"Will you walk into my parlour?" said a spider to a fly;
" 'Tis the prettiest little parlour that ever you did spy.
The way into my parlour is up a winding stair,
And I have many pretty things to shew when you are there."
"Oh no, no!" said the little fly, "to ask me is in vain,
For who goes up your winding stair can ne'er come down again."
"I'm sure you must be weary, with soaring up so high,
Will you rest upon my little bed?" said the spider to the fly.
"There are pretty curtains drawn around, the sheets are fine and thin;
And if you like to rest awhile, I'll snugly tuck you in."
"Oh no, no!" said the little fly, "for I've often heard it said,
They never, never wake again, who sleep upon your bed!"
Said the cunning spider to the fly, "Dear friend, what shall I do,
To prove the warm affection I've always felt for you?
I have, within my pantry, good store of all that's nice;
I'm sure you're very welcome—will you please to take a slice?"
"Oh no, no!" said the little fly, "kind mam, that cannot be,"
I've heard what's in your pantry, and I do not wish to see."
"Sweet creature!" said the spider, "you're witty and you're wise.
How handsome are your gauzy wings, how brilliant are your eyes!
I have a little looking-glass upon my parlour shelf,
If you'll step in one moment, dear, you shall behold yourself."
"I thank you, gentle mam," she said, "for what you're pleased to say,
And bidding you good morning now, I'll call another day."
The spider turned her round about, and went into her den,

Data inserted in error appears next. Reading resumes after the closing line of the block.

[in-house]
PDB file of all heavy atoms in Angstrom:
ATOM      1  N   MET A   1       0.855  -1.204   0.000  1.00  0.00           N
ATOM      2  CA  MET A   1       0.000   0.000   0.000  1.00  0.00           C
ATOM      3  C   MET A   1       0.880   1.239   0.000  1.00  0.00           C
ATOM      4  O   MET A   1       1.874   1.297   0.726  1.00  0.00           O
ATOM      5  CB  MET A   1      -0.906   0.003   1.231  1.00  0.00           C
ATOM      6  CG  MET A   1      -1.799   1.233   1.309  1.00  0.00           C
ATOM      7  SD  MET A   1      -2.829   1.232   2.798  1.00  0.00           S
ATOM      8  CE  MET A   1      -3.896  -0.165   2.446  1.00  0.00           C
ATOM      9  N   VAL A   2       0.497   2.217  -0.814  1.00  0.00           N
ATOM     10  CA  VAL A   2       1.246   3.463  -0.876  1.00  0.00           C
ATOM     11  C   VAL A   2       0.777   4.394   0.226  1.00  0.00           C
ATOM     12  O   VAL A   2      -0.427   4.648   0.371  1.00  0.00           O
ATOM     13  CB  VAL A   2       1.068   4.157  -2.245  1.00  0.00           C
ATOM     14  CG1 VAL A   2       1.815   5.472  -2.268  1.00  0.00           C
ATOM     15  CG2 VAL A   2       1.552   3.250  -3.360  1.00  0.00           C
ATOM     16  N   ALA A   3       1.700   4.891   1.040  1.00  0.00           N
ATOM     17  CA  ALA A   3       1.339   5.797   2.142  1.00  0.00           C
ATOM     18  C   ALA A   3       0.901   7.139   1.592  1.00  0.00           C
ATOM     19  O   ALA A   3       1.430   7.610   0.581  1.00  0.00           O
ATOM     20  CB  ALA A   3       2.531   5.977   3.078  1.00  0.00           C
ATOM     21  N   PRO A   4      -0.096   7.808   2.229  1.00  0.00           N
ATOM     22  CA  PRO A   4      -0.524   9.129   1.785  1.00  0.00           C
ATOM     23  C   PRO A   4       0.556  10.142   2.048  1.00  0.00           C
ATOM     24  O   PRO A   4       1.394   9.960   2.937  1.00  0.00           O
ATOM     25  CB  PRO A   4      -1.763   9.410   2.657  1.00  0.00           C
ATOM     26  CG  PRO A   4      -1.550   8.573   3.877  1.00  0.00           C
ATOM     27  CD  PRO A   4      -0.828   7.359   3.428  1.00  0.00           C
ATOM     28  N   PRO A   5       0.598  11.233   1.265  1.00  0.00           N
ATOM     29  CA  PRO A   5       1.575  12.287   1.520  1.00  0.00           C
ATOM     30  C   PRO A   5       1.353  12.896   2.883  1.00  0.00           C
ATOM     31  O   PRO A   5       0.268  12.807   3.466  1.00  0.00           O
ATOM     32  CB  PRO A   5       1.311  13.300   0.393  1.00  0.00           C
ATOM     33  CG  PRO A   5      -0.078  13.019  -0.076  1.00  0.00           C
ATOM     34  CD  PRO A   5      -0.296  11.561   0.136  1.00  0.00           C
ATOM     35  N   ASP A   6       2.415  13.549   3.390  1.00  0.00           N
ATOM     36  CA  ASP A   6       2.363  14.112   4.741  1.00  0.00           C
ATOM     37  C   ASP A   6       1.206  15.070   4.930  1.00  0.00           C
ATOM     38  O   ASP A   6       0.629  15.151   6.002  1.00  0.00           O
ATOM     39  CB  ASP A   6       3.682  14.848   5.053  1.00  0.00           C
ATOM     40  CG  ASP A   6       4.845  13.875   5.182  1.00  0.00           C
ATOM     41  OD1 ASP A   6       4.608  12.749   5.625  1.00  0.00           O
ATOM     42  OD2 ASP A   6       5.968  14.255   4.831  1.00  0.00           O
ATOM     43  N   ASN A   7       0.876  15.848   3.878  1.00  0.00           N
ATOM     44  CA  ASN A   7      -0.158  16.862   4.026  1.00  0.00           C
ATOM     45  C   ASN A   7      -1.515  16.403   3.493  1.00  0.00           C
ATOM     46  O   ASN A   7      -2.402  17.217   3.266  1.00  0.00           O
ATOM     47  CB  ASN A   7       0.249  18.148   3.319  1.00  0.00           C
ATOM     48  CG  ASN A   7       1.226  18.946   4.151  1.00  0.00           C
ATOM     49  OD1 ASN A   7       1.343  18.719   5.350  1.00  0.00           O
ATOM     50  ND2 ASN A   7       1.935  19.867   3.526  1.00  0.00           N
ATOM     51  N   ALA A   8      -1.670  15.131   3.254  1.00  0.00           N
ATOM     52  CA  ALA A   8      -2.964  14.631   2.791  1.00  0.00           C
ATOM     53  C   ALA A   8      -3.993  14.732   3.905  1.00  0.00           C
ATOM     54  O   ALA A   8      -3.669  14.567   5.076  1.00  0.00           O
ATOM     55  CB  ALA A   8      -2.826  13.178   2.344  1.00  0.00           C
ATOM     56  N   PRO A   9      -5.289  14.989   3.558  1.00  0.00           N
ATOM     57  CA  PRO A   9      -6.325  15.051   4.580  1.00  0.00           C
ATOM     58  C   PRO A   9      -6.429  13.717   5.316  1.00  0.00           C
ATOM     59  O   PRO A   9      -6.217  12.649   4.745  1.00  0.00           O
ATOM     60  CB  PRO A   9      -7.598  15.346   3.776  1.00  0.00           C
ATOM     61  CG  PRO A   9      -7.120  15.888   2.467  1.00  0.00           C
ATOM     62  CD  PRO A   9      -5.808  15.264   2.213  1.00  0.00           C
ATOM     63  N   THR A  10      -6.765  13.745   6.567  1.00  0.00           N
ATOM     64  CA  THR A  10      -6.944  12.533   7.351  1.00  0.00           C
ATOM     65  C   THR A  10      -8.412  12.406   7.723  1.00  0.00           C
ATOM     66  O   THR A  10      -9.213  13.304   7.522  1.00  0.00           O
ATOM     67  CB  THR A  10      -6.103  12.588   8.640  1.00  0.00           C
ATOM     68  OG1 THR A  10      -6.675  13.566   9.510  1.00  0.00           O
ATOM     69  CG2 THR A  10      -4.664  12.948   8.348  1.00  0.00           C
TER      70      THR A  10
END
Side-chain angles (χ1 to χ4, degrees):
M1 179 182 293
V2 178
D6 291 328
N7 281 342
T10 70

For well she knew, the silly fly would soon come back again:
So she wove a subtle web, in a little corner, sly,
And set her table ready, to dine upon the fly.
Then she went out to her door again, and merrily did sing,
"Come hither, hither, pretty fly, with the pearl and silver wing;
Your robes are green and purple---there's a crest upon your head;
Your eyes are like the diamond bright, but mine are dull as lead."
Alas, alas! how very soon this silly little fly,
Hearing her wily, flattering words, came slowly flitting by;
With buzzing wings she hung aloft, then near and nearer drew,
Thinking only of her brilliant eyes, and green and purple hue:—
Thinking only of her crested head, poor foolish thing!—At last
Up jumped the cunning spider, and fiercely held her fast.
SHe dragged her up her winding stair, into her dismal den,
Within her little parlour—but she ne'er came out again!
—And now, dear little children, who may this story read,
To idle, silly, flattering words, I pray you ne'er give heed:
Unto an evil counsellor, close heart, and ear, and eye,
And take a lesson from this tale, of the Spider and the Fly.
— Mary Howitt (1829)
Now tell me, shall you walk into my parlor den?